Online Program

A Qualitative Analysis of the Status, Benefits, and Barriers of Electronic Health Record Implementation in Local Health Departments

Monday, November 2, 2015

Karmen Williams, MSPH, MA, Jiann-Ping Hsu College of Public Health, Georgia Southern University, Statesboro, GA
Akrati Gupta, BDS, MPH, Jiann-Ping Hsu College of Public Health, Georgia Southern University, Statesboro, GA
Gulzar Shah, PhD, MStat, MS, Department of Health Policy and Management, Jiann-Ping Hsu College of Public Health, Georgia Southern University, Statesboro, GA
JP Leider, PhD, de Beaumont Foundation, Bethesda, MD
Background: Electronic Health Records (EHRs) are changing the operations within local health departments (LHDs). The collection of EHRs allow for information analysis, reporting, sharing, transmission, and processing. The barriers in implementing EHRs can prevent and challenge LHDs in experiencing the benefits and efficiency of their use. 

Research Objective: Analyze the status, benefits, barriers, and ways of overcoming challenges of implementing EHRs in LHDs.

Methods: This project used primary, key-informant interview based study design of 50 leaders from local health departments across the United States. These qualitative interviews were about current practices, capacities, and needs in the realm of public health informatics in the fall of 2014. Qualitative data analysis focused on major drivers of EHR implementation, or lack of implementation.

Principal Findings: Preliminary results exhibit variability in implementation status, benefits, and barriers of EHRs in LHDs. Implementation status varied from fully implemented in clinical settings, investigated or planning to implement, and no implementation but use of electronic medical records (EMRs). The barriers included costs, low capacity, lack of trained staff, staff resistance, complexities in current systems, and concerns about past investments in technology. Benefits were acknowledged by LHDs that have implemented and those who had not implemented EHRs as the ability to pull and have accurate records, ease of reading records, ability to share with partners, ease of searching, time saving, simplicity of budgeting and estimating revenues, staff satisfaction, and HIPAA compliance.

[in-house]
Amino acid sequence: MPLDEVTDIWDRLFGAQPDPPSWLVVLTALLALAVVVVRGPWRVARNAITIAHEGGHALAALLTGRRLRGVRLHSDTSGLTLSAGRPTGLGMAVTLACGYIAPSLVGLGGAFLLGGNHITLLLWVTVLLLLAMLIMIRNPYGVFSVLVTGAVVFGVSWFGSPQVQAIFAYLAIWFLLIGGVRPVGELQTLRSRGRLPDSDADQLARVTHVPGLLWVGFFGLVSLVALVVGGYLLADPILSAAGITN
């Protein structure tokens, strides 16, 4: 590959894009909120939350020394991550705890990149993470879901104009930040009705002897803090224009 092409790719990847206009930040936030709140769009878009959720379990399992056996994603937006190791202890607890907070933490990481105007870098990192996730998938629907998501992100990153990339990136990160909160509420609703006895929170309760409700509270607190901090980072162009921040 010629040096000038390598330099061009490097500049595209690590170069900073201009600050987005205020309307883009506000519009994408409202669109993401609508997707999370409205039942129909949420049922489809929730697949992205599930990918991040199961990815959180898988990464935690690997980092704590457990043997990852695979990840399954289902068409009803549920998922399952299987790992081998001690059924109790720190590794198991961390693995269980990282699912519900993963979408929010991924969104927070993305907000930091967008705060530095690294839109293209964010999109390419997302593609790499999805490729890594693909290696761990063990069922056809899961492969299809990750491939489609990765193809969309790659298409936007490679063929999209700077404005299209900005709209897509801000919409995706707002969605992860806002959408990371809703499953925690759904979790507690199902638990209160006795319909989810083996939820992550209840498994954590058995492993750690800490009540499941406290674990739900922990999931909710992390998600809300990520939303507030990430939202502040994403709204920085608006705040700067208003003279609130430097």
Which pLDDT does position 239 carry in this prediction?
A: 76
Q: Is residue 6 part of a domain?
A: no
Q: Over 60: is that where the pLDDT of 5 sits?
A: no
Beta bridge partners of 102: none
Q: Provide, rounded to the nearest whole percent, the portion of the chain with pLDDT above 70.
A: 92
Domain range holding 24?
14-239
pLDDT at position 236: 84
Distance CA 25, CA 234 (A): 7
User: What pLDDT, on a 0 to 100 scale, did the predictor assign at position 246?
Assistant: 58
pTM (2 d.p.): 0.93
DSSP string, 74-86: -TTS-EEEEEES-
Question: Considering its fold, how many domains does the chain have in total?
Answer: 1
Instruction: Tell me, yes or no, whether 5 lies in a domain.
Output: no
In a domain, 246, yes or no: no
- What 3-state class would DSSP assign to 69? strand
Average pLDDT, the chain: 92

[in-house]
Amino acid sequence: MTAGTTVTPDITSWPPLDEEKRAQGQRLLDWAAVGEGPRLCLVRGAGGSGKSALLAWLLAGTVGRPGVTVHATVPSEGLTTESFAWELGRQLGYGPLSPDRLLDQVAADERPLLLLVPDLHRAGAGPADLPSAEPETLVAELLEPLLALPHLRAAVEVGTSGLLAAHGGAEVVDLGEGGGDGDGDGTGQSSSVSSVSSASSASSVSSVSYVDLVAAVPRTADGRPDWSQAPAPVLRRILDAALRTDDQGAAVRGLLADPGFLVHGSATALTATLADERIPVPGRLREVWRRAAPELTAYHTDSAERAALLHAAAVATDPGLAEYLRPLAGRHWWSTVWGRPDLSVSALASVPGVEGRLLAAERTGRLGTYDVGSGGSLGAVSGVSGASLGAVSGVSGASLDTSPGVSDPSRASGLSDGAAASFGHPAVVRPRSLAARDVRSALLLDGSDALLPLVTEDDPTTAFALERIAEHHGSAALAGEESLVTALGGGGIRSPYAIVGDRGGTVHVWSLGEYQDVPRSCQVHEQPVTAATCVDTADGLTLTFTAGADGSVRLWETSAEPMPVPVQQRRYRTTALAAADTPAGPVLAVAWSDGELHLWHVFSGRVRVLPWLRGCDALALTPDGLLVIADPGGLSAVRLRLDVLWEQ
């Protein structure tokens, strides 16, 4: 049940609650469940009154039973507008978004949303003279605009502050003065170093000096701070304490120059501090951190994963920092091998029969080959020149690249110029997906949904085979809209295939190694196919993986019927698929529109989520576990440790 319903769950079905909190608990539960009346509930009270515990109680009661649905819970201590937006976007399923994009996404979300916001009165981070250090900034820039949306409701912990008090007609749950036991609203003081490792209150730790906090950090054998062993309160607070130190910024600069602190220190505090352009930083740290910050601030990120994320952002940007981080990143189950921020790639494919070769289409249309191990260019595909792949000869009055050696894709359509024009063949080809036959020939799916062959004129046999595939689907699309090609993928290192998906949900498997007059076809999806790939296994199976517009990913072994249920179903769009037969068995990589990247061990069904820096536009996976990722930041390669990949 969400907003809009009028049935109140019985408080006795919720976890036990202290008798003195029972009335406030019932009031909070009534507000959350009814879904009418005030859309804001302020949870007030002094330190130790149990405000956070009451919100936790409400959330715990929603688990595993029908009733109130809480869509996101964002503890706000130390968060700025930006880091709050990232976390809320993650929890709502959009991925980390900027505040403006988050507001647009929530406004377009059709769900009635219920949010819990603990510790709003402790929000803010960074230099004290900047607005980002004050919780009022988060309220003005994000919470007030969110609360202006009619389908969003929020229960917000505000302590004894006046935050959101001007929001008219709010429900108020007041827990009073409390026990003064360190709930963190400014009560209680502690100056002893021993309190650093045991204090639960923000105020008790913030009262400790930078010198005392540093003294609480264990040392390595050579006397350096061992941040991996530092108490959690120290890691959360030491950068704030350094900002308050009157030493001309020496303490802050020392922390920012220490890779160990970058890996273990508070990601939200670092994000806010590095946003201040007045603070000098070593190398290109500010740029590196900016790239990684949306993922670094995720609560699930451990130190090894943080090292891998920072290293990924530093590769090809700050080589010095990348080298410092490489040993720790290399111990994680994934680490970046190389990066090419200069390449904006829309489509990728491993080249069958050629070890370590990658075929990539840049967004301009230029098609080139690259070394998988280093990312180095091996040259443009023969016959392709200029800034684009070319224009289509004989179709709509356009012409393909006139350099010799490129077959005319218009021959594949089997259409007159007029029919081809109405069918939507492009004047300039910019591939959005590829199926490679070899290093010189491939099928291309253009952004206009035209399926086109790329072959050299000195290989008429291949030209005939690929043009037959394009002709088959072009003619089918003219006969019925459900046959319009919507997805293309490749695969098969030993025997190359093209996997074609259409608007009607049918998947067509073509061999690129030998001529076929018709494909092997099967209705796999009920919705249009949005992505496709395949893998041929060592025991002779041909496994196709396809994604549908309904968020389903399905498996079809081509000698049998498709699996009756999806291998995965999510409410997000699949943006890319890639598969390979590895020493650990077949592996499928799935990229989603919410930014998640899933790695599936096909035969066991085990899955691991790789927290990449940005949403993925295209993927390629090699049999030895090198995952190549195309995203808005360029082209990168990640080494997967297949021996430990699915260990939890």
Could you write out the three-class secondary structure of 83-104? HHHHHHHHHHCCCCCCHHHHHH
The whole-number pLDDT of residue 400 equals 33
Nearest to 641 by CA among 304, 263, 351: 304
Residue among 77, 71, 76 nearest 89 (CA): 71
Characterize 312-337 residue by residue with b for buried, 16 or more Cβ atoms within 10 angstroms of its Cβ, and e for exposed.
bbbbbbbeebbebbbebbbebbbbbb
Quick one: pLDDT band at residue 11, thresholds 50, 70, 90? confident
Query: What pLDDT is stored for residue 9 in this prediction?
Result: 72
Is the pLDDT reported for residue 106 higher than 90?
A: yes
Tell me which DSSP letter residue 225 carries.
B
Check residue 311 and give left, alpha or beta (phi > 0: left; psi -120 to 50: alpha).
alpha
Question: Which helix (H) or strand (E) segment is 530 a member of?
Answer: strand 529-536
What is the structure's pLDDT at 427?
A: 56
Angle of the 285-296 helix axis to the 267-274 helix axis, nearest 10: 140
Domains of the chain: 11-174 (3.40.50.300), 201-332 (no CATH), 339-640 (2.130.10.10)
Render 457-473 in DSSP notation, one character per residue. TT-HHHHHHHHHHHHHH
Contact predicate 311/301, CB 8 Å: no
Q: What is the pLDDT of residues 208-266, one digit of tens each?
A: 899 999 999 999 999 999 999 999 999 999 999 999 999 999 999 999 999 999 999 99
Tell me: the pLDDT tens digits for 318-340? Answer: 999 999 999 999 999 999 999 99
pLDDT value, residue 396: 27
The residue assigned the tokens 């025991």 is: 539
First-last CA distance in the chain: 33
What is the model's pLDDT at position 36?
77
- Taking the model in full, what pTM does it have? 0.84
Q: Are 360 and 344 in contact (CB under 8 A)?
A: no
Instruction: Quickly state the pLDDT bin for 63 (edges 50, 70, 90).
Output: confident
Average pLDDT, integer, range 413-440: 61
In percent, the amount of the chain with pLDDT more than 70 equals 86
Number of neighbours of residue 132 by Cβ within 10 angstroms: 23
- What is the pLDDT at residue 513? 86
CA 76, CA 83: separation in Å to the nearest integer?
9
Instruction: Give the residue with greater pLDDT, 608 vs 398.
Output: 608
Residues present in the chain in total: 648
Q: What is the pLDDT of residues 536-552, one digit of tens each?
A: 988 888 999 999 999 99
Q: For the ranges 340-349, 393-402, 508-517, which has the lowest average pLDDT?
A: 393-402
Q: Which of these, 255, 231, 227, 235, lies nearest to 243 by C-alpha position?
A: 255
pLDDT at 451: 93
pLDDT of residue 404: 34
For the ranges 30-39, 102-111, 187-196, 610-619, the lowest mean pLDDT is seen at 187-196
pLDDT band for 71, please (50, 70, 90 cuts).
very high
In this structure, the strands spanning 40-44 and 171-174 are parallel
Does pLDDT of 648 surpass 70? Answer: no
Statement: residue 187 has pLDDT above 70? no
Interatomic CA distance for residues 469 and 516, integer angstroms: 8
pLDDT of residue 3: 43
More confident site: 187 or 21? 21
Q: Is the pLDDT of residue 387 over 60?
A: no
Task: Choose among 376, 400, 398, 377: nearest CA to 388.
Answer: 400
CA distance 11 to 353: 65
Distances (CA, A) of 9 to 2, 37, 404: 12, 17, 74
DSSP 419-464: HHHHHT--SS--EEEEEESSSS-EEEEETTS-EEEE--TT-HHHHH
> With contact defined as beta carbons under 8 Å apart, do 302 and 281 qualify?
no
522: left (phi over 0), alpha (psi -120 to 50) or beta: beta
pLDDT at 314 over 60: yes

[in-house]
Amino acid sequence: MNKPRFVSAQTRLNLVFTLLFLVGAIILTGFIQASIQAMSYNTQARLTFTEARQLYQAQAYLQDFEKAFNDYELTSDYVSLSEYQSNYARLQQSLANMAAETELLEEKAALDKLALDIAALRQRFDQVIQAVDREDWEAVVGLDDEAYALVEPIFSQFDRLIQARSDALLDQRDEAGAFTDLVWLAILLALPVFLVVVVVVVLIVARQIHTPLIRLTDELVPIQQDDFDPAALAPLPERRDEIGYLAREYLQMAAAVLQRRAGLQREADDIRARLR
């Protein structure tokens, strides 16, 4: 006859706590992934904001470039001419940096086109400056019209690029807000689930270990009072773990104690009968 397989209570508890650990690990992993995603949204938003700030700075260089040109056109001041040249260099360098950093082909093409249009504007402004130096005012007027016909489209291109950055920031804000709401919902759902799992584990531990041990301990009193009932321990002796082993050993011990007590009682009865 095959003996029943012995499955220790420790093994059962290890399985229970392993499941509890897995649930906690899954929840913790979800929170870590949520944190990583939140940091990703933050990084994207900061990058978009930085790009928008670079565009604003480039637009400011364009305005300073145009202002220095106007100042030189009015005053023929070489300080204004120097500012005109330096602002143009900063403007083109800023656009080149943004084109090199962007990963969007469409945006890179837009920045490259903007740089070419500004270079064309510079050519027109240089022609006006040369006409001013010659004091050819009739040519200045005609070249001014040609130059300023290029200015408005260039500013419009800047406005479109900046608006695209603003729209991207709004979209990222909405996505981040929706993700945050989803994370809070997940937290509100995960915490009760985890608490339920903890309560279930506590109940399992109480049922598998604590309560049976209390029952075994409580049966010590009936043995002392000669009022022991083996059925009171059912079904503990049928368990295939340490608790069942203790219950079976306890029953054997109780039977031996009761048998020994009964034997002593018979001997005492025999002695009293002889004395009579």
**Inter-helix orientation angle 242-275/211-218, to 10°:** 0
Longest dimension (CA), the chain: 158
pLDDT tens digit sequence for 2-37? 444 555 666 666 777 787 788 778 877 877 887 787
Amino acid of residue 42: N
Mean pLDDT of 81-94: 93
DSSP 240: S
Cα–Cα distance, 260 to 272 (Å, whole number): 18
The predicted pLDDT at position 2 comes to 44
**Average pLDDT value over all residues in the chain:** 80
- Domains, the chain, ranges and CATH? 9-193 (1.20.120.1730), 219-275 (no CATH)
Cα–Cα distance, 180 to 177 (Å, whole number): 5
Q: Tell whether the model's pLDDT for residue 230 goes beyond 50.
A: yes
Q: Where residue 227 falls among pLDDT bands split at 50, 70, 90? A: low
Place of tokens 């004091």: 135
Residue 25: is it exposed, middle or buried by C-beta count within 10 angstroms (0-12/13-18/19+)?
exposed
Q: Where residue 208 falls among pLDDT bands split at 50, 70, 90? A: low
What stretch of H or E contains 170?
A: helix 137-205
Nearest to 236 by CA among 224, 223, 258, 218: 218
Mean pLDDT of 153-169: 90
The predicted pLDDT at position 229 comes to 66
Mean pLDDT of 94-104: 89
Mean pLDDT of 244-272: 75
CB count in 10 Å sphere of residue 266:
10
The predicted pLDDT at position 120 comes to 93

Conclusions:  Despite financial, capacity, and operational constraints, leaders interviewed as part of this project were optimistic about the future of EHRs in local health departments. Implementation of EHRs tends to be easier to implement with resources, staff buy-in, and leadership involvement. EHRs have multiple benefits that impact the operations and delivery of care in LHDs, affecting the health of the populations they serve.

Learning Areas:

Administration, management, leadership
Communication and informatics
Public health administration or related administration

Learning Objectives:
Differentiate between the status and characteristics of local health departments in the implementation of electronic health records. Describe the barriers and benefits in the implementation of electronic health records for local health departments. Discuss the potential ways to overcome challenges in the implementation of electronic health records in local health departments.

Keyword(s): Information Technology, Local Public Health Agencies

Presenting author's disclosure statement:

Qualified on the content I am responsible for because: I have been a research assistant for the dean of research on public health services and systems research for almost two years now. We have published several manuscripts and conducted research on local health departments and implementation of health informatics. I personally have begun research on electronic health records for my dissertation project.
Any relevant financial relationships? No

I agree to comply with the American Public Health Association Conflict of Interest and Commercial Support Guidelines, and to disclose to the participants any off-label or experimental uses of a commercial product or service discussed in my presentation.